INDIANAPOLIS (AP) — Crowds angered by the Minneapolis death of George Floyd clashed with police in downtown Indianapolis overnight, prompting officers to fire multiple volleys of tear gas and rubber bullets to disperse crowds that shattered storefronts and damaged more than two dozen businesses, the city's police chief said Saturday.
Friday's protest over Floyd's death Monday after a white police officer pushed his knee into the handcuffed black man's neck for several minutes began peacefully. It turned violent Friday night, though, with some demonstrators smashing windows and glass doors on many businesses, including Circle Centre Mall, and lingering into the early morning hours of Saturday.
Fires were set in trash cans and a CVS store was set ablaze after protesters broke in and stole what was on the shelves. Protesters also ransacked a jewelry store, cellphone store and other businesses, The Indianapolis Star reported.
Chief Randal Taylor of the Indianapolis Metropolitan Police Department said Saturday that at least 30 businesses were damaged and 27 people were arrested during demonstrations that continued through at least 4 a.m.
“There was an immediate escalation from a peaceful protest to vandalism and other violent acts,” Taylor said during an online news conference Saturday afternoon.
He said three police officers were injured, as were three civilians, including one who sustained what he characterized as “severe lacerations” while kicking glass. Five IMPD vehicles were also damaged.
Indiana's second largest city, Fort Wayne, also saw overnight violence that followed a peaceful demonstration over Floyd's death. Police said more than 50 windows were shattered in the northeastern Indiana city's downtown area. No injuries were reported, but 29 protesters were arrested, The Journal Gazette reported.
The violence in Indianapolis, Fort Wayne and many other cities was sparked by anger over over Floyd's death in Minneapolis on Monday, which was captured on cellphone video. It led to the firing Tuesday of the four police officers who were arresting Floyd for suspicion of passing a counterfeit bill and to third-degree murder and manslaughter charges being filed Friday against the officer who used his knee to pin Floyd down for more than eight minutes, even as Floyd pleaded for air and went limp.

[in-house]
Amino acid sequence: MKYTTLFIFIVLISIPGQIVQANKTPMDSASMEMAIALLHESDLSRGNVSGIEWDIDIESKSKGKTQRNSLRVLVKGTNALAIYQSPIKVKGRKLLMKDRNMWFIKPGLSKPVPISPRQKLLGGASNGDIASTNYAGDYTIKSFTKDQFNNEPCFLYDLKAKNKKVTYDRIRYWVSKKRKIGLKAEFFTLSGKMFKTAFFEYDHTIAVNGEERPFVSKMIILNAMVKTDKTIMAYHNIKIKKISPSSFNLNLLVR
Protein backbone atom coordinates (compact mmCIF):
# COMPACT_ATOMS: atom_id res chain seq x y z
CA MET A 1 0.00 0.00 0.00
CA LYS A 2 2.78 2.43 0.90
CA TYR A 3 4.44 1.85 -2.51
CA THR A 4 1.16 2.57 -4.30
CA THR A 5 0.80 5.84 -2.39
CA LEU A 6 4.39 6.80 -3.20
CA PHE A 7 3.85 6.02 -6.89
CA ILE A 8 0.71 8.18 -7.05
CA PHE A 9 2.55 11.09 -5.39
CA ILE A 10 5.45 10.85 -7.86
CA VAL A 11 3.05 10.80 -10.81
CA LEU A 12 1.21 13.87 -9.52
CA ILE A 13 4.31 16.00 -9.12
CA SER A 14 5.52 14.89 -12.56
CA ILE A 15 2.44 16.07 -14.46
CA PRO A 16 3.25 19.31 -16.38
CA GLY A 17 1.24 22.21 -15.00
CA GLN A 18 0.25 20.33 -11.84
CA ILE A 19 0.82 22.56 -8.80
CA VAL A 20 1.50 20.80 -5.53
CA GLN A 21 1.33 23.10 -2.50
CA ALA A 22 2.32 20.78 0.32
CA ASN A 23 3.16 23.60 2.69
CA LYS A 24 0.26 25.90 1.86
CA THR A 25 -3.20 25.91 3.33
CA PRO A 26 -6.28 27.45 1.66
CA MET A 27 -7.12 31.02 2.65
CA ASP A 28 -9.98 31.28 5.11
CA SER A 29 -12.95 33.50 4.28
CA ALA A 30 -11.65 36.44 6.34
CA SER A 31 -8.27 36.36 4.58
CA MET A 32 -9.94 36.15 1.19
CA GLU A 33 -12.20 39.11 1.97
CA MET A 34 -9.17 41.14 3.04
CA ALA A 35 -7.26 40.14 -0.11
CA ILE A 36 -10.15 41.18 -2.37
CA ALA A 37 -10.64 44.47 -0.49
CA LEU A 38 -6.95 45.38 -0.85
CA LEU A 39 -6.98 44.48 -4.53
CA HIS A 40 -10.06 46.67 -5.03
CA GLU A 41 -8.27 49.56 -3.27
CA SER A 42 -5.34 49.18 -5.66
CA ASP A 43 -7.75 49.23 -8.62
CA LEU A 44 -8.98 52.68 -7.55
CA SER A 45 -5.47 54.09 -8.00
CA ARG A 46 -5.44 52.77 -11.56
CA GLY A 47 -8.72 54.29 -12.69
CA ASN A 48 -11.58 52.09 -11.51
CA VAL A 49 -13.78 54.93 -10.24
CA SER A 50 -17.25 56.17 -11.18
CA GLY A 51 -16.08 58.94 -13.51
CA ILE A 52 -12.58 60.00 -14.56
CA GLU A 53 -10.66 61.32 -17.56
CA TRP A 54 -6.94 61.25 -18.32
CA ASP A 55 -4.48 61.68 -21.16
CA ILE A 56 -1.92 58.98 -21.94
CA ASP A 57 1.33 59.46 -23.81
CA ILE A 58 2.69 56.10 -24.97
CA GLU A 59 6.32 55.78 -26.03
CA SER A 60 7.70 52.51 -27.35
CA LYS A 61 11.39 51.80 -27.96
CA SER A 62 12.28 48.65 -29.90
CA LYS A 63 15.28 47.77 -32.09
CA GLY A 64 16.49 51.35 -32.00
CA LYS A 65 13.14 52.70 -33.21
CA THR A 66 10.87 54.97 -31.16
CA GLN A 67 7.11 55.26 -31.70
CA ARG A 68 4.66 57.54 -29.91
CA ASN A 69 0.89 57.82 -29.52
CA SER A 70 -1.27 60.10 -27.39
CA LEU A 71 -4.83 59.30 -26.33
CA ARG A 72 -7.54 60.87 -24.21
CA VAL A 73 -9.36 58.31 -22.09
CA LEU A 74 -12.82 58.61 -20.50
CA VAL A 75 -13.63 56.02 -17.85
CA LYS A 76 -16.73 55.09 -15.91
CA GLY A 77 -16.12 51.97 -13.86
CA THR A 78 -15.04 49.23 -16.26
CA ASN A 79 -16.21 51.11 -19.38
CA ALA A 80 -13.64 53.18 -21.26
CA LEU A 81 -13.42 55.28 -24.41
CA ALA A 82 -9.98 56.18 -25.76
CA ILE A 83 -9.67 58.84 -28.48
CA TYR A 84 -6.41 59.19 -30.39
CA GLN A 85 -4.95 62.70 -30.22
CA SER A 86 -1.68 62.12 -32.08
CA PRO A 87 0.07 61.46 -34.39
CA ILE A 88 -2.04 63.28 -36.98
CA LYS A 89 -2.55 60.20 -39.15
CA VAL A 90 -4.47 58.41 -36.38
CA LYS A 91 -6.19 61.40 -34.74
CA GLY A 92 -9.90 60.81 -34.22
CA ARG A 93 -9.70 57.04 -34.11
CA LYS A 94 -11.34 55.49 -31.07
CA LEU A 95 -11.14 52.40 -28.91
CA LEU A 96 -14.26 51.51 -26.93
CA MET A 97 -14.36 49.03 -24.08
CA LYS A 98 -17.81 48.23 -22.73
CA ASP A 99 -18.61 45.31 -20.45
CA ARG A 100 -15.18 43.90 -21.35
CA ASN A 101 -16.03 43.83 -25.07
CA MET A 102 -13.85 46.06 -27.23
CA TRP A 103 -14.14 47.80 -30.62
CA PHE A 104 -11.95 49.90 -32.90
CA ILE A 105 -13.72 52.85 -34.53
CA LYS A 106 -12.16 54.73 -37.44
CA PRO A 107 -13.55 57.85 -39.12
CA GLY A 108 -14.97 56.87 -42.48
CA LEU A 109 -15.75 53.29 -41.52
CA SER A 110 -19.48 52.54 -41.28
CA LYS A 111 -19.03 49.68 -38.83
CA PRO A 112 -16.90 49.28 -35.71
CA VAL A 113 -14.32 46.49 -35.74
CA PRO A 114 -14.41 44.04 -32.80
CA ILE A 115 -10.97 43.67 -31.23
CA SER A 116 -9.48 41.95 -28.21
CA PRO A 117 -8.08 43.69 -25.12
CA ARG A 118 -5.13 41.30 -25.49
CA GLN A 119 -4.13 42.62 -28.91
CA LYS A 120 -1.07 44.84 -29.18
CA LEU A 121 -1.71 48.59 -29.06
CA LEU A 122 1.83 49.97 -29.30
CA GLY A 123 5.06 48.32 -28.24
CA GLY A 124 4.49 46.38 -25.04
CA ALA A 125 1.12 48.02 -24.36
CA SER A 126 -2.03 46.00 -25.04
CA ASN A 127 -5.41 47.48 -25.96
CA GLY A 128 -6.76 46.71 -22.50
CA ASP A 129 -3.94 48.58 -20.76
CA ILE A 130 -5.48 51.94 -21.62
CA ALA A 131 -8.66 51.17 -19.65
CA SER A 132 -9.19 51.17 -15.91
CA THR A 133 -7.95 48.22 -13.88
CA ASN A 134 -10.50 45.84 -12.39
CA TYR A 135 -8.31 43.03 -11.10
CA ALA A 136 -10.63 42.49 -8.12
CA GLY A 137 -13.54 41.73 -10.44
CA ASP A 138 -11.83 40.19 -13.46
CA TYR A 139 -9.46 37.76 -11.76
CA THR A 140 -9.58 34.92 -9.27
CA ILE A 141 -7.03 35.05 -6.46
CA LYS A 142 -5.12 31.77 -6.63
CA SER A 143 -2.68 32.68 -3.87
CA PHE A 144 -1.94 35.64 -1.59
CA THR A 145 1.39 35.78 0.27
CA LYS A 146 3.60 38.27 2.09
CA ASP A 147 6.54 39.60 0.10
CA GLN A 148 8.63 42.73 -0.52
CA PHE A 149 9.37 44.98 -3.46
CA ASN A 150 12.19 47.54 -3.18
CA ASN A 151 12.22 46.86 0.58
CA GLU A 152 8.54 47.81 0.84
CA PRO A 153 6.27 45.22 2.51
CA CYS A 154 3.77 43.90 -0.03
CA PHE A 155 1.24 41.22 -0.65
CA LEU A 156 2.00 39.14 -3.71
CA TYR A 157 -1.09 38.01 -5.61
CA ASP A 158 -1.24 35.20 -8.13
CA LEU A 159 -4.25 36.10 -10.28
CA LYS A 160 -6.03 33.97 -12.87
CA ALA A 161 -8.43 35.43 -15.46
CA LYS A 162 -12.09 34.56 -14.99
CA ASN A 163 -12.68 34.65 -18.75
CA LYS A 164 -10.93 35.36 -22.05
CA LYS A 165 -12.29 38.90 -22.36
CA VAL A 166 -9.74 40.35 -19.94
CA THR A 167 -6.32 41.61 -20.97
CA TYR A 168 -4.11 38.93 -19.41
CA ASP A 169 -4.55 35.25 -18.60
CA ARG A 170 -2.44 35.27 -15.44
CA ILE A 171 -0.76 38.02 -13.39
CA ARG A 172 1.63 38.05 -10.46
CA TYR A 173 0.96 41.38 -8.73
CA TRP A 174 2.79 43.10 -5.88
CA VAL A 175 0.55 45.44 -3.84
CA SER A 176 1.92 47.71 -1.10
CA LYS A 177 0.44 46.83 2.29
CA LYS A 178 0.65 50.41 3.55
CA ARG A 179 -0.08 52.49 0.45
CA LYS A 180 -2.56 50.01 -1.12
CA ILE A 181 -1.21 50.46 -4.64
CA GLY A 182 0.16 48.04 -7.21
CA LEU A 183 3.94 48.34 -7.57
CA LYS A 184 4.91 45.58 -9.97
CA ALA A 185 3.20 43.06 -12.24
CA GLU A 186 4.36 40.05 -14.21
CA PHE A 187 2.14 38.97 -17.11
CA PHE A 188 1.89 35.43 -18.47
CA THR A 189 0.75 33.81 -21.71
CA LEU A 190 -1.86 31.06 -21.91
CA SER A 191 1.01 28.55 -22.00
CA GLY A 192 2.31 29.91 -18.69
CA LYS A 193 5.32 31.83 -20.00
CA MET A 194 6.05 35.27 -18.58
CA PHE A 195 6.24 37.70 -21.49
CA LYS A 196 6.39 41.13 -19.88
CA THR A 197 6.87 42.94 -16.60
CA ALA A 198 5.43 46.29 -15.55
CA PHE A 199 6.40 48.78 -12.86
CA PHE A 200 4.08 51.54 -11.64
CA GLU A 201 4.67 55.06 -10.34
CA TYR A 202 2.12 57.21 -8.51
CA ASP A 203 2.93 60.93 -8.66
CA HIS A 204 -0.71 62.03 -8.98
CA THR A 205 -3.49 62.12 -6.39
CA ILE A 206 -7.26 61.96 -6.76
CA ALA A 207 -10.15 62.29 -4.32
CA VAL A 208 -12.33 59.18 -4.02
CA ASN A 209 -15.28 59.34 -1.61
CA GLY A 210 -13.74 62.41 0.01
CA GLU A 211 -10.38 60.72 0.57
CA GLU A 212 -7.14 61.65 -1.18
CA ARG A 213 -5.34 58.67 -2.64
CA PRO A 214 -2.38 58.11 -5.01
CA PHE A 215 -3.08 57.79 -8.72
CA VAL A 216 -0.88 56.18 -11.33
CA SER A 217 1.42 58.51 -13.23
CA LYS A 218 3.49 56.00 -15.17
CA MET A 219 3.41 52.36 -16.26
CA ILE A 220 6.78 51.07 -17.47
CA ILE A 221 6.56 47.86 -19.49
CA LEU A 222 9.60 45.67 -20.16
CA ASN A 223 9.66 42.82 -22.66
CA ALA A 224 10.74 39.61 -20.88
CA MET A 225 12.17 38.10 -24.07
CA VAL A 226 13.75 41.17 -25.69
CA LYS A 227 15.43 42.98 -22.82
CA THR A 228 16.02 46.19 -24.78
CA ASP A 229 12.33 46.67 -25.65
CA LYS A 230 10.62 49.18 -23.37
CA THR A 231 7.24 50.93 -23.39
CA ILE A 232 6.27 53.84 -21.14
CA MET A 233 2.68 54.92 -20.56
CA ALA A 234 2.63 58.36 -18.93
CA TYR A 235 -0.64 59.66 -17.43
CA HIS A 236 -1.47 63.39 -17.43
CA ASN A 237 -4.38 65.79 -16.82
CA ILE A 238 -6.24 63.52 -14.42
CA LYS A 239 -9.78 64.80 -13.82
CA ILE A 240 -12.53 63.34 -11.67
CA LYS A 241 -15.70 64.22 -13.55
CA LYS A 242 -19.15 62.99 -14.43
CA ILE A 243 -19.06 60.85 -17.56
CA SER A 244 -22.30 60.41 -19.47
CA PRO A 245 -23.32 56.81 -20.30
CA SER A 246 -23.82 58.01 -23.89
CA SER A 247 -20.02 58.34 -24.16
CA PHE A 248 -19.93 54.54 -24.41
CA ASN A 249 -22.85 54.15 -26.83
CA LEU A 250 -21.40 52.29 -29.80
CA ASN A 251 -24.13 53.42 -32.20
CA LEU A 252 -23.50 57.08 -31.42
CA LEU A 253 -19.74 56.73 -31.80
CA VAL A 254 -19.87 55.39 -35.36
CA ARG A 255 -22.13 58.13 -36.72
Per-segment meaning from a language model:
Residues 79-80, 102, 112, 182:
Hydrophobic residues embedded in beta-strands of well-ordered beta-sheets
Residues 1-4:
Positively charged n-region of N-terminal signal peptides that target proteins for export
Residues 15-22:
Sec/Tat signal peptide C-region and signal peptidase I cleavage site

At one point Friday night, Indianapolis police stood in riot gear as groups of protesters moved through clouds of tear gas chanting “I can’t breathe!” and “Black lives matter.”
Indianapolis Mayor Joe Hogsett said in a statement Saturday that he, like many people, “was horrified by the needless killing of George Floyd,” but urged protesters to refrain from violence.
Hours later, the mayor said he had asked the organizers of demonstrations planned for Saturday evening to instruct those involved to return to their homes at 7 p.m.
“I will not deny your anger, for it is fairly earned,” Hogsett said. “But it is my sincere belief that in moments of anger, we all as humans have a fundamental choice: the choice between love or hate. Indianapolis, it is my hope that as you gather in anger, you will leave your peaceful protest and return home by choosing love.”
Indiana Gov. Eric Holcomb urged demonstrators Saturday to avoid violence in protests expressing anger over Floyd's death. He said he's asked Indiana State Police “to fully support and make resources available to local communities across our state to ensure our citizens and their property remain safe."
“In the days ahead, peaceful assembly and clear voices will be important if we are to make progress. Violence and vandalism will set us back in our shared desire to resolve differences," Holcomb said.